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Ask Dr. D. Love Your Own Question
Dr. D. Love
Dr. D. Love, Doctor
Category: Medical
Satisfied Customers: 19453
Experience:  Family Physician for 10 years; Hospital Medical Director for 10 years.
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I have had approx. 12 psychodynamic therapy sessions, and I

Customer Question

I have had approx. 12 psychodynamic therapy sessions, and I am an airline crew member and qualified work place counsellor. The sessions have been VERY useful, and as I have limited days off, I have voiced with the therapist my desire to have fewer sessions, perhaps 3 per month instead of 4, in order to USE my new social confidence, calmness and absence of anxiety, and regain a social life, utilise new friendships and LIVE my life. She is reluctant to be so flexible and has postulated that this could be a resistance to therapy, or an unconscious desire to get out of therapy. This has made me feel slightly uncomfortable and think about endings and the power dynamic in the therapeutic alliance. Any thoughts?

Submitted: 4 years ago.
Category: Medical
Expert:  Dr. D. Love replied 4 years ago.
Thank you for using JustAnswer.

This question raises a common issue in someone seeking counselling of any sort, i.e., what is the end-point to indicate that it is time to stop counselling, or in your case, to reduce the frequency of counselling.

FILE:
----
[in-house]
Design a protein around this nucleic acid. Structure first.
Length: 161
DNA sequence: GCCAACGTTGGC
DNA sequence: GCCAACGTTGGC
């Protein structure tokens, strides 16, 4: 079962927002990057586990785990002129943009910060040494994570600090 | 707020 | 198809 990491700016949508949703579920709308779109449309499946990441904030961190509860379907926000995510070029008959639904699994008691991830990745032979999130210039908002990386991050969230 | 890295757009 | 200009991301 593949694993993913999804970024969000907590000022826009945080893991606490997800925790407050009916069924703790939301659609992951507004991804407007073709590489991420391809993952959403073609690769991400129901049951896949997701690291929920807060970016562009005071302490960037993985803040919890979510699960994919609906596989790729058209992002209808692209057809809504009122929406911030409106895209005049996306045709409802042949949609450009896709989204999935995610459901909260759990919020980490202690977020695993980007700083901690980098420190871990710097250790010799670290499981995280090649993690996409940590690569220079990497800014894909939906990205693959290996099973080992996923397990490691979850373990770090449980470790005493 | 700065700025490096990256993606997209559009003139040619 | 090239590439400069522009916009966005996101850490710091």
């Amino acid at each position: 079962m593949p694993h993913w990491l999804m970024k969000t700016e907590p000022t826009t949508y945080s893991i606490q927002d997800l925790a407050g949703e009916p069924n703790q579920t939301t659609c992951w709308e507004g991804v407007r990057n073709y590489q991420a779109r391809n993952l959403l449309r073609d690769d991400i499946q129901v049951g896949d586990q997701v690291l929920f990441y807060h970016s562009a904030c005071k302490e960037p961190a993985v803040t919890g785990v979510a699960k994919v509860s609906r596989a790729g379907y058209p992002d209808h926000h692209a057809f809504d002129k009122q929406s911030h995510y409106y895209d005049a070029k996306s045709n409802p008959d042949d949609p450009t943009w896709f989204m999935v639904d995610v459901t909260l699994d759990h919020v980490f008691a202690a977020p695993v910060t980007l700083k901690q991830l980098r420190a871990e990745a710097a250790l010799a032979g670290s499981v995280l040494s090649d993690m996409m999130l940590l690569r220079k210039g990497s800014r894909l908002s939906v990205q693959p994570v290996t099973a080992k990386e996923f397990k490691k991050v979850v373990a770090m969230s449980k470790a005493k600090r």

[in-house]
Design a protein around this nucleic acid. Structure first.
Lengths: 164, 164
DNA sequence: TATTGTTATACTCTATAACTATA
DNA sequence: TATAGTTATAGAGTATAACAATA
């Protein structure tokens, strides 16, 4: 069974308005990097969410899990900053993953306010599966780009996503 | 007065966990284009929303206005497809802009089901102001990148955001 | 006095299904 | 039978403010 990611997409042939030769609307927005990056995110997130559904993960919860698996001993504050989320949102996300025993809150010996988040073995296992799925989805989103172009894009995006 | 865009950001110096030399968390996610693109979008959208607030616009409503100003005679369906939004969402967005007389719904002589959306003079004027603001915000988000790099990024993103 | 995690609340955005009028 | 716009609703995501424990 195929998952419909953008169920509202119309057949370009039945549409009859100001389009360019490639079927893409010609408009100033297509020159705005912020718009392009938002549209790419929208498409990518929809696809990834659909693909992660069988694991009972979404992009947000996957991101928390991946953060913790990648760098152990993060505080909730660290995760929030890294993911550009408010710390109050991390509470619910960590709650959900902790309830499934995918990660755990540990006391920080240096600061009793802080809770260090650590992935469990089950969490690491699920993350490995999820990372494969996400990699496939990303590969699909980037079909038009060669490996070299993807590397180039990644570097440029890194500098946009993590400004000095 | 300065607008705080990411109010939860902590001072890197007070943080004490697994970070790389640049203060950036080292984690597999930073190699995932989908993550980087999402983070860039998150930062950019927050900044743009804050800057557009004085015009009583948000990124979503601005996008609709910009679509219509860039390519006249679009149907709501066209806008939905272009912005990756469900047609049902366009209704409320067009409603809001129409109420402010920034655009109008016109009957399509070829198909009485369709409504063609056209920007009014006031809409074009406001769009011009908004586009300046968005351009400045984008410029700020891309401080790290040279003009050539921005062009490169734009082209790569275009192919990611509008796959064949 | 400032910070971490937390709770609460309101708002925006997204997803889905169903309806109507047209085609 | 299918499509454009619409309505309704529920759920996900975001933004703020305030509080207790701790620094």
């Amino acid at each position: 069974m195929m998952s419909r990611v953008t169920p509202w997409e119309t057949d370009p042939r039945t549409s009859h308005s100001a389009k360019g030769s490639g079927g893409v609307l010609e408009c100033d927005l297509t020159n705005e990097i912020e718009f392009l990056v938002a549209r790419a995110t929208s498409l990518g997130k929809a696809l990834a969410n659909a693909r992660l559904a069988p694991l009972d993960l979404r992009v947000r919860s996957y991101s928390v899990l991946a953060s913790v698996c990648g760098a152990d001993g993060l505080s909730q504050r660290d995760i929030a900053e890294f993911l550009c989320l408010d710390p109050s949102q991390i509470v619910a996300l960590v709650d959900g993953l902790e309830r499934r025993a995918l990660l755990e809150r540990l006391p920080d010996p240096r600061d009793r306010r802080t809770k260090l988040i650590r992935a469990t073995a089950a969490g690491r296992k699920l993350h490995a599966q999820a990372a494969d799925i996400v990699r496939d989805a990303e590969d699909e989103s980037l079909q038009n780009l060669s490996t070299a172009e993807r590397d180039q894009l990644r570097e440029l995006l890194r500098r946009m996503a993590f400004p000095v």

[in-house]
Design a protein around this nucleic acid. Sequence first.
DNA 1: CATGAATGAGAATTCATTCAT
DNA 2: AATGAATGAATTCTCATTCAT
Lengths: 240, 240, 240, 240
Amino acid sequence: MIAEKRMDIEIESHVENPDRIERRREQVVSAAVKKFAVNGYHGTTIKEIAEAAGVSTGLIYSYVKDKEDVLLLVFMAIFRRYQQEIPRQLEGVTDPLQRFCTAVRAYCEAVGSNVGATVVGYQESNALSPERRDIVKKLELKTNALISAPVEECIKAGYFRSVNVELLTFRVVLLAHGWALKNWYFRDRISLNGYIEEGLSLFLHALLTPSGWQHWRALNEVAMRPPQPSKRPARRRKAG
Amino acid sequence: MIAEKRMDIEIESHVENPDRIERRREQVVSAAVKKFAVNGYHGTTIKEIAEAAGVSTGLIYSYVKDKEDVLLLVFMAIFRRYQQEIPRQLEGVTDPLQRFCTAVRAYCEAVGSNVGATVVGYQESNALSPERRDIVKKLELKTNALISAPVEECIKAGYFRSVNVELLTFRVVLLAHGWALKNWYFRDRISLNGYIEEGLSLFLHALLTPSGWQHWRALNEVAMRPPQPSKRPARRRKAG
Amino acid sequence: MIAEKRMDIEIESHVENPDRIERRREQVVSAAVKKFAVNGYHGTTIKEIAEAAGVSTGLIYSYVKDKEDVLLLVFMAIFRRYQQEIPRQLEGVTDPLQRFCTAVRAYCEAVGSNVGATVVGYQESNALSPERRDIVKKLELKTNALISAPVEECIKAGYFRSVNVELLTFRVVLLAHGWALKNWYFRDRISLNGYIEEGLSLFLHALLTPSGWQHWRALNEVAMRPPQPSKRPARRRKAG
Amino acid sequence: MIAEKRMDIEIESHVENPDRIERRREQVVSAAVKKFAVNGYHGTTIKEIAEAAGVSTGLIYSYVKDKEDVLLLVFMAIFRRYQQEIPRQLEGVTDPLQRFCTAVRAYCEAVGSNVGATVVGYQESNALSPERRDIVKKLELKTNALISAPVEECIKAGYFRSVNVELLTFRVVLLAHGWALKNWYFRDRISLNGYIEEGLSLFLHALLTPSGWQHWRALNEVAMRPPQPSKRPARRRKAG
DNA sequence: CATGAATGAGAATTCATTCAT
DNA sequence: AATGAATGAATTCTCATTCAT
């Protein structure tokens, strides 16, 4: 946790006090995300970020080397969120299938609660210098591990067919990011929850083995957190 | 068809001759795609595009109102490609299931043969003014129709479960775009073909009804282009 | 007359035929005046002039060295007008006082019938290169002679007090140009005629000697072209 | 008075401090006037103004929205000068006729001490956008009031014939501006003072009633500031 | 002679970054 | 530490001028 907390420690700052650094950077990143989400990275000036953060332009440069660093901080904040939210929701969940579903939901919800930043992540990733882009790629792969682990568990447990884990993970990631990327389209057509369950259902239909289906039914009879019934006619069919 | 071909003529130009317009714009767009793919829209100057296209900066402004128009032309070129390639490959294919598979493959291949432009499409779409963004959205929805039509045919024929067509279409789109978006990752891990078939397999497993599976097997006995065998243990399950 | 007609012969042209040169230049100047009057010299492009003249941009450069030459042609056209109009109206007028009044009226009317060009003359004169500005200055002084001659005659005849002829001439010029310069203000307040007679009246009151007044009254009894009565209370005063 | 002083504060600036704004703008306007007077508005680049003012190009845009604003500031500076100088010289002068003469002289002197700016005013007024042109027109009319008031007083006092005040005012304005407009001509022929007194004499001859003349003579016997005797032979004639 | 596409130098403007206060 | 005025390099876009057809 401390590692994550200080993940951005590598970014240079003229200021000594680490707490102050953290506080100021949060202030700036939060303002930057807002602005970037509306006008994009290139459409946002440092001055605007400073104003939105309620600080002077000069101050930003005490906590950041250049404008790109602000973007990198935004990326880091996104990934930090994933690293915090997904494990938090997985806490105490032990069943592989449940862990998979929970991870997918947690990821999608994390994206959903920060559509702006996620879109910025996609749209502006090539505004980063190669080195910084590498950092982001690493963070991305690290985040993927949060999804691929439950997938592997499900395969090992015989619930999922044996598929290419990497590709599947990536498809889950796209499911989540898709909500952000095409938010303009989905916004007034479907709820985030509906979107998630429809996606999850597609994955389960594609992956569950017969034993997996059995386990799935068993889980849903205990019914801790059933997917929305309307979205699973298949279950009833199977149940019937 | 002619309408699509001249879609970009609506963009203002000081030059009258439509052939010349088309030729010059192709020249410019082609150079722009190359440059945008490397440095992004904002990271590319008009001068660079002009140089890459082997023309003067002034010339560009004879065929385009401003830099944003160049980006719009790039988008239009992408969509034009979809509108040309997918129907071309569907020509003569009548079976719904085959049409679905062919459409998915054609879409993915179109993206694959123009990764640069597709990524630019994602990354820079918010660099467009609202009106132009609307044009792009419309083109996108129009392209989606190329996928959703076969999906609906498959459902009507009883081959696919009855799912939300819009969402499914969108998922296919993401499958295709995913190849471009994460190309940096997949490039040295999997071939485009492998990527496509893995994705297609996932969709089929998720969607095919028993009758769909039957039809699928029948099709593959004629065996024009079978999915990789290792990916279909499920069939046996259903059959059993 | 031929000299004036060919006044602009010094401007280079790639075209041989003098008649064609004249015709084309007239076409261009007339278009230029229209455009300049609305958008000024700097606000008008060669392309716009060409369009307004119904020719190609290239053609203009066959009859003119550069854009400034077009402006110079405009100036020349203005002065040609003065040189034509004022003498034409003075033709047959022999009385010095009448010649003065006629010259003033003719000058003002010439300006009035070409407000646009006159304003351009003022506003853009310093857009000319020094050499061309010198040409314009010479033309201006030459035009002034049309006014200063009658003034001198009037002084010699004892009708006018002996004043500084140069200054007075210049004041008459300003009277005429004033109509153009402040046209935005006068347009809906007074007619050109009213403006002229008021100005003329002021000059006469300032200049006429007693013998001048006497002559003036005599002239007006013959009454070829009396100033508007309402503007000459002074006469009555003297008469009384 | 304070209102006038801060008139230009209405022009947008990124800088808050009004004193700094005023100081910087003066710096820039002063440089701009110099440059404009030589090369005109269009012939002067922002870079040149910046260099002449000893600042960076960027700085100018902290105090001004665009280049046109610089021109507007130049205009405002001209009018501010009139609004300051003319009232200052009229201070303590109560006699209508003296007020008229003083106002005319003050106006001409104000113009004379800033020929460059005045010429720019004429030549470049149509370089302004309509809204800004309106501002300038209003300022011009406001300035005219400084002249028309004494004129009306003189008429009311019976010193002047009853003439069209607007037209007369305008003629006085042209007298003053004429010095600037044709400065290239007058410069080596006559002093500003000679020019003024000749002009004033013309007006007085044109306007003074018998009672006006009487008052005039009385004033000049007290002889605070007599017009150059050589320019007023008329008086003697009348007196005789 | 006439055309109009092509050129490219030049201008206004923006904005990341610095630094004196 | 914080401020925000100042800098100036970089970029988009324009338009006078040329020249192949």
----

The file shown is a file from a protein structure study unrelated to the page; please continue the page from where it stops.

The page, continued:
Part of the issue is that there is no objective test of mental illness that will say that a person is better. Different people respond to counselling at different speeds, so it is not possible to say that a certain number of sessions would be appropriate. This is complicated by a variety of psychologic defence mechanisms, such as denial, wherein a person will subconsciously refuse to admit to certain symptoms or issues in their lives. We see this more often in people early in the course of counselling, but can potentially be an issue at other time.

A cynic would also say that it is also complicated by the fact that a counsellor is rewarded for continuing to provide therapy, because more visits will also typically mean more payment.

In general, you are correct - as the symptoms improve, then it would be reasonable to consider decreasing the frequency of counselling, just as worsening symptoms may indicate a need for increasing the frequency of counselling. It usually will involve a discussion with the counsellor regarding the individual's perception of improvement in symptoms, so that the counsellor can also assess the overall condition, including whether there are any defence mechanisms in place. If you truly feel that you are improving, rather than using defence mechanisms, then it would be appropriate to pursue this further with your counsellor, and ask the counsellor about what level of improvement in symptoms would indicate that it would be appropriate to decrease the frequency of visits.

If you have any further questions, please let me know.